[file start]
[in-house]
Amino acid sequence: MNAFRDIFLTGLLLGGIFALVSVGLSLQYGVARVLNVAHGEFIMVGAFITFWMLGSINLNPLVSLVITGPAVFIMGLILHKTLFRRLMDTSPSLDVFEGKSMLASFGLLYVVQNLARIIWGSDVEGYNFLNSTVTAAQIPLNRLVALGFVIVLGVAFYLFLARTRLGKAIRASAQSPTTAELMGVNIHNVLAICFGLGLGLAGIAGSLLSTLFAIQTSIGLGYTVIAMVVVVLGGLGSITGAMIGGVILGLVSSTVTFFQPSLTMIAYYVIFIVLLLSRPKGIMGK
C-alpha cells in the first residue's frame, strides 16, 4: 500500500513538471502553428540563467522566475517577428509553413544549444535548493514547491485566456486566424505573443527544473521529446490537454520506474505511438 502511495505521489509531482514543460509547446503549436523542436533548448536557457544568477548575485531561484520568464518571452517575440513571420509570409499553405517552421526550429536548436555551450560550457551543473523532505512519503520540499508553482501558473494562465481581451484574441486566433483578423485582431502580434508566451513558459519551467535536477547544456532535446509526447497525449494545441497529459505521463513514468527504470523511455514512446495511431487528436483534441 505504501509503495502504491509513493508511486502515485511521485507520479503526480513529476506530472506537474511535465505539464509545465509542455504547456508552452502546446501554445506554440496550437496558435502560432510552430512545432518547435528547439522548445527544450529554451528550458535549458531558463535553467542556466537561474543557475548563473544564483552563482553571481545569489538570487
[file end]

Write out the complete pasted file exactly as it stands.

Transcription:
[in-house]
Amino acid sequence: MNAFRDIFLTGLLLGGIFALVSVGLSLQYGVARVLNVAHGEFIMVGAFITFWMLGSINLNPLVSLVITGPAVFIMGLILHKTLFRRLMDTSPSLDVFEGKSMLASFGLLYVVQNLARIIWGSDVEGYNFLNSTVTAAQIPLNRLVALGFVIVLGVAFYLFLARTRLGKAIRASAQSPTTAELMGVNIHNVLAICFGLGLGLAGIAGSLLSTLFAIQTSIGLGYTVIAMVVVVLGGLGSITGAMIGGVILGLVSSTVTFFQPSLTMIAYYVIFIVLLLSRPKGIMGK
C-alpha cells in the first residue's frame, strides 16, 4: 500500500513538471502553428540563467522566475517577428509553413544549444535548493514547491485566456486566424505573443527544473521529446490537454520506474505511438 502511495505521489509531482514543460509547446503549436523542436533548448536557457544568477548575485531561484520568464518571452517575440513571420509570409499553405517552421526550429536548436555551450560550457551543473523532505512519503520540499508553482501558473494562465481581451484574441486566433483578423485582431502580434508566451513558459519551467535536477547544456532535446509526447497525449494545441497529459505521463513514468527504470523511455514512446495511431487528436483534441 505504501509503495502504491509513493508511486502515485511521485507520479503526480513529476506530472506537474511535465505539464509545465509542455504547456508552452502546446501554445506554440496550437496558435502560432510552430512545432518547435528547439522548445527544450529554451528550458535549458531558463535553467542556466537561474543557475548563473544564483552563482553571481545569489538570487